Is "Knocked Up" Anti-Choice?

This post, written by Bernie Heidkamp, originally appeared on Pop Politics

The new comedy "Knocked Up" -- directed Judd Apatow, who would be in the PopPolitics Hall of Fame (if we had one) as the creator of "Freak and Geeks" -- has received almost universal praise for its honest portrayal of the complications of pregnancy and parenting. But the biggest cultural controversy it has spawned involves its avoidance of even a discussion of abortion -- which is only jokingly considered once as the option that "rhymes with shmashmortion."

Dana Stevens in Slate provides an insightful analysis of the film's abortion politics -- in which she laments the film's presumed lack of moral conviction:
Apatow's reticence on the subject seems to spring less from personal conviction than from the fear of offending his audience's sensibilities. This kind of Trojan horse moralism is maddeningly common in pop-culture representations of abortion, which seem muzzled, invisibly policed, by either the pro-life lobby or the fear of it.
As if to confirm Stevens suspicions, Michael Medved, among other conservative critics, admires what he sees as the film's "potent pro-life message."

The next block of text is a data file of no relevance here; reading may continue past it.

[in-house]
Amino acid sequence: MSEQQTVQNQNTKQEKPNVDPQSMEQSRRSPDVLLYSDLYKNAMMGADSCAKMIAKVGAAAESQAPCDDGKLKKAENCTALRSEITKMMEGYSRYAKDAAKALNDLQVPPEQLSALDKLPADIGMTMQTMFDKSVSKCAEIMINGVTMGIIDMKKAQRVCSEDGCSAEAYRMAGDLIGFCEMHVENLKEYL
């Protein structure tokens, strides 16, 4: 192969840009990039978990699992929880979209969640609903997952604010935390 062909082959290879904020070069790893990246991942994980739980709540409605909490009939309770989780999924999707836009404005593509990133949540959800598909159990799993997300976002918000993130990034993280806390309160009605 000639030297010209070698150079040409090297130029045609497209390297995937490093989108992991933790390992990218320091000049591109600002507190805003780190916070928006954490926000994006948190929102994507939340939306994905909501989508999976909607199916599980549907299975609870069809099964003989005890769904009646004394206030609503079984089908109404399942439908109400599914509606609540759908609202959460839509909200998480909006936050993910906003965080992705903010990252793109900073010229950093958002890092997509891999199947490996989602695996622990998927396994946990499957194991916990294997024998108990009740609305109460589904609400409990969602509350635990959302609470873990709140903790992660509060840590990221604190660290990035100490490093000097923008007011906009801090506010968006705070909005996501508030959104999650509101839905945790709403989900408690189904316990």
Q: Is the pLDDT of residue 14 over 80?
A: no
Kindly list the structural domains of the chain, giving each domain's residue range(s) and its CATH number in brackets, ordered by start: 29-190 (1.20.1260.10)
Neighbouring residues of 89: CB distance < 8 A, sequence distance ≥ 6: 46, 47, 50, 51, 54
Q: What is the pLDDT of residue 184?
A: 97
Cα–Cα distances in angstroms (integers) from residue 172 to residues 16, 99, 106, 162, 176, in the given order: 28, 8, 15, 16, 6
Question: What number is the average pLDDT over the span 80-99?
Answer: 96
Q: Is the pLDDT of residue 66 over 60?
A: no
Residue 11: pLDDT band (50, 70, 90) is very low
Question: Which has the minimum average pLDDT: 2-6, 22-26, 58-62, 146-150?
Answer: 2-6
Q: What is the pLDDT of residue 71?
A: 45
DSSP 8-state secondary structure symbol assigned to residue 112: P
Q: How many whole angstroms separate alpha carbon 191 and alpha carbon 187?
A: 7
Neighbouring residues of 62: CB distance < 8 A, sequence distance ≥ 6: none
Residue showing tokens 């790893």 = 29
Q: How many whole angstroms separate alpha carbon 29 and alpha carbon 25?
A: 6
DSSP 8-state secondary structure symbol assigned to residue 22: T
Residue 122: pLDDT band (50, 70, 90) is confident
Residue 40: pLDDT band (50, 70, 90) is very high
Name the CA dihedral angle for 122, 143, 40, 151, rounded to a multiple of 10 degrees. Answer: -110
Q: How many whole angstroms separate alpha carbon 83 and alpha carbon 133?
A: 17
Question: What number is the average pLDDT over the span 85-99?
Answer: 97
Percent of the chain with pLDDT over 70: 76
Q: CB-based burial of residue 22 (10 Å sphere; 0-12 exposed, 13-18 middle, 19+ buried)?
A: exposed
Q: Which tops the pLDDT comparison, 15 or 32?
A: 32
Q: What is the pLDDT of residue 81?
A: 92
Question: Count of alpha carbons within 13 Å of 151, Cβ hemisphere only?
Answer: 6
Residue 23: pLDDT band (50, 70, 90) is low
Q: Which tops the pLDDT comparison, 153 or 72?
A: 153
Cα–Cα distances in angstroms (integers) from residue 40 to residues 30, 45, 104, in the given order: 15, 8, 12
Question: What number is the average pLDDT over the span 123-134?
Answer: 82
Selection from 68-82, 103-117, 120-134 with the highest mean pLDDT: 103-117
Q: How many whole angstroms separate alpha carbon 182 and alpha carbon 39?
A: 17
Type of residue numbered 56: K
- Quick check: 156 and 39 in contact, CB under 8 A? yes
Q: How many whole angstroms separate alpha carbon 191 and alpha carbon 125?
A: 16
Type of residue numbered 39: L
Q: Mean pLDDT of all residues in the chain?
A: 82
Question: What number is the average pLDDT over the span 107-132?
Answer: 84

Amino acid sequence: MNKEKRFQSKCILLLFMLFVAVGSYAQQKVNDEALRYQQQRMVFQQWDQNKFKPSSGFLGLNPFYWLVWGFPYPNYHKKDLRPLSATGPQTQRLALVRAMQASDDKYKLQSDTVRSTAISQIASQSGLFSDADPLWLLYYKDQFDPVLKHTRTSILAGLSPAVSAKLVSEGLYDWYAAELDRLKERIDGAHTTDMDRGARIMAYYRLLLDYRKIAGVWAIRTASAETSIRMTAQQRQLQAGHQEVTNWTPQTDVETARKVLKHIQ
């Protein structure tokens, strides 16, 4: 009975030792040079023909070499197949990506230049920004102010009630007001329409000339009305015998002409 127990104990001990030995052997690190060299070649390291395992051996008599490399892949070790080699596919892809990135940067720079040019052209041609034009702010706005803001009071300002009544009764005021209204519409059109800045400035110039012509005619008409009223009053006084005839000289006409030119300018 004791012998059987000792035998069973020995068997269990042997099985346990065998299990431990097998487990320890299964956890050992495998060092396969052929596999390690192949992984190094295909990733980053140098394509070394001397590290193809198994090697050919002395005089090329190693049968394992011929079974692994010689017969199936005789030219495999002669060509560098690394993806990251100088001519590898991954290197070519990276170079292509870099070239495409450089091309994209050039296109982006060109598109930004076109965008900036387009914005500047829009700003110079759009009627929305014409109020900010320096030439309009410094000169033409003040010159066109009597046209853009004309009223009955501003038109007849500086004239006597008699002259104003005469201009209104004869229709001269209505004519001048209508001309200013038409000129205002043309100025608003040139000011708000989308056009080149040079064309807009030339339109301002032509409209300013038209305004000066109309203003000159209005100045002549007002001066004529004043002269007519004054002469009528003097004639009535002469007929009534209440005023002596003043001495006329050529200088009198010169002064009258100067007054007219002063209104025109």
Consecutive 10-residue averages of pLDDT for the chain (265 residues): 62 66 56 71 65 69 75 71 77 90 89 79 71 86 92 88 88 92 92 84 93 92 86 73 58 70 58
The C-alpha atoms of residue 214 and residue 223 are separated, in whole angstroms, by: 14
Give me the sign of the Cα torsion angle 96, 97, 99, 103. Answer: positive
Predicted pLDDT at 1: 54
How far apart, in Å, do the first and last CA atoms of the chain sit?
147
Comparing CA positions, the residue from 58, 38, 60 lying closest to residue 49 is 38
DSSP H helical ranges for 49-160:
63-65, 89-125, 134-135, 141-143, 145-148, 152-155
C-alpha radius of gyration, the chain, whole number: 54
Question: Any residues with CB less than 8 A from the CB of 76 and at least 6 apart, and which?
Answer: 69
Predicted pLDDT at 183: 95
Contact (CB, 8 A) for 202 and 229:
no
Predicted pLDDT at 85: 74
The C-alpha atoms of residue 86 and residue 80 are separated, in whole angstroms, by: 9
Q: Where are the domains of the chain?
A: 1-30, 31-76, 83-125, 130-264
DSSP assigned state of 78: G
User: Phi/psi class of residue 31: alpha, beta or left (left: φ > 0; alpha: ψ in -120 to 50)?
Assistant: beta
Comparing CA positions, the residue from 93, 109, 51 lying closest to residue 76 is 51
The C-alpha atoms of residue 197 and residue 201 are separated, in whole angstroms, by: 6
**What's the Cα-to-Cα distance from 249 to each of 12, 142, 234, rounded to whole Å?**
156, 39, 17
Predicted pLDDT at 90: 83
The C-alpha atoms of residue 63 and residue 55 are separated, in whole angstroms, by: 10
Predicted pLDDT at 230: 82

Other more liberal critics, such as Tracy Clark-Flory of Salon, come to Apatow's defense:
The whole thing seems pretty simple to me: The story line revolves around Katherine Heigl's character getting pregnant and having a baby -- if she were to have an abortion there wouldn't be a movie. That she decides to have the baby doesn't strike me as offensive or an overt, anti-choice statement.
A.O. Scott of the New York Times goes so far as to see the passing reference to "shmashmortion" as an intentional satire of our cultural reluctance to use the real word.

From a more objective perspective, J. Peder Zane of the News and Observer provides a nicely researched overview of pop culture's abortion taboo.

Whatever the final verdict on the absent presence of abortion in "Knocked Up," Zane's piece makes it clear that, when it comes to honest portrayals of reproductive options, Hollywood has a long way to go.

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